Yirrkala "Milky Way" Bark Painting,
Eastern Arnhem Land, Australia
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Yirrkala "Milky Way" Bark Painting, Eastern Arnhem Land, Australia.
ca. mid 20th century.
For millennia, Yolŋu around Yirrkala in northern Australia have painted their clan designs on their bodies and ceremonial objects. These designs are not merely decorative, they are the sacred patterns of the ancestral land itself. Yolŋu describe them as "maḏayin" — a term that encompasses both the sacred and the beautiful. Bark paintings are created using natural pigments on carefully prepared sheets of eucalyptus bark, with shimmering detail achieved using a fine paintbrush made of human hair. The organic irregularities of the medium give each work a dramatic sculptural presence
North-east Arnhem Land is home to the Yolŋu (Yolngu) people, one of the largest Indigenous groups in Australia, who have succeeded in maintaining a strong traditional culture, and whose name for this area is Miwatj. The complex symbolism present in nearly all Yolŋu art originates from iconographic and symbolic visual languages passed down by Yolŋu people – the Traditional Owners of North-East Arnhem Land, Australia – for thousands of years. These designs are not merely decorative, they are the sacred patterns of the ancestral land itself. Yolŋu describe them as "maḏayin" — a term that encompasses both the sacred and the beautiful.
Their bark paintings are created using natural pigments on carefully prepared sheets of eucalyptus bark, with shimmering detail achieved using a fine paintbrush made of human hair. These paintings are “framed” within distinct boundary lines, the surface of the bark is completely covered with primary figures and background design. Harvesting the bark sheets that are used for the paintings takes place during the wet season. Yolŋu men go out on Country and look for suitable trees, then, using hand axes, incise rectangular shapes into the tree's outer layer. Working together, the men climb up high, often standing on the roof of the troopy (truck), and carefully remove single sheets of bark. The rough outer bark is stripped, and the thin inner bark is weighted with stones and scorched with fire to flatten it out. Once flat, the artist can then paint the sheet of bark. Yirrkala bark painting is finer, and more formalized with an elegant and more static background. The organic irregularities of the medium give each work a dramatic sculptural presence.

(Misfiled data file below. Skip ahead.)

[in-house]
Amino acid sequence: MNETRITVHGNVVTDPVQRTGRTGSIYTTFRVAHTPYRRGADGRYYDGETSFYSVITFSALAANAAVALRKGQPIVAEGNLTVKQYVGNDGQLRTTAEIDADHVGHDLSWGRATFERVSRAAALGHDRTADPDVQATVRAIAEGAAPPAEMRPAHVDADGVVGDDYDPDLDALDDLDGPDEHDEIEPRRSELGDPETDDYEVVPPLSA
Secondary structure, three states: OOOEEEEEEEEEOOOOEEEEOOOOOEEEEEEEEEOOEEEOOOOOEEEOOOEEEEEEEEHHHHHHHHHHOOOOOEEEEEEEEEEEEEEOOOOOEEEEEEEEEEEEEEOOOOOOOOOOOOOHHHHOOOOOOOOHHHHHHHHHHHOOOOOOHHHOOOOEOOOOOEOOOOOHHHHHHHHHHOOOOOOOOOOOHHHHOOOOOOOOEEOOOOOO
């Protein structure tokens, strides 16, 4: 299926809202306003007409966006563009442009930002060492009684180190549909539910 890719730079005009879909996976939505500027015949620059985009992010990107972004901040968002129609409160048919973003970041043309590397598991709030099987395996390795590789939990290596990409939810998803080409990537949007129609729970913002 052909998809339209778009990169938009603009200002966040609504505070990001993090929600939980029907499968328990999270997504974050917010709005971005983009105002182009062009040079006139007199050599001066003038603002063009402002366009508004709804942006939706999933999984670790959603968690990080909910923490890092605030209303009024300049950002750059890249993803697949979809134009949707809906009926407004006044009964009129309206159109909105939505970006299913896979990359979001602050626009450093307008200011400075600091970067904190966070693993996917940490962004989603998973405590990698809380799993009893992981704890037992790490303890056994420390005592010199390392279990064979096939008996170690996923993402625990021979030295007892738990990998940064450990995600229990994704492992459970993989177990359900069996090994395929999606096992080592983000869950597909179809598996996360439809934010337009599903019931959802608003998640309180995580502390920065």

In Eastern Arnhem Land, Milŋiyawuy (the Milky Way) represented a river in the Sky World. This Yirrkala bark painting tells the Dreamtime story of two brothers who drowned while canoeing the river Milky Way. The upright figures of the two brothers are shown in the top panel. The older of the two brothers (right) stands on a black rock, representing the dark patch of the Milky Way, near Theta Serpentis. Within the central panel beneath them (the outline of the Milky Way), the two brothers appear again; to the left, they are shown rowing in their canoe. They encounter a giant wave that tosses the canoe, throwing the brothers into the river. The empty canoe with paddles is shown in the middle and has turned into stars, it is the line formed by four stars near Antares. In front of the empty canoe are the two brothers, underwater, their floating bodies outlined as tiny dark shapes, and are located in the constellation of Serpens and Sagittarius. The backdrop depicts the canoe's wake, and the wavy lines represent the luminous stars of the Milky Way near Scorpio.
Dimensions: Length: 30 3/4 ins x 13.5 inches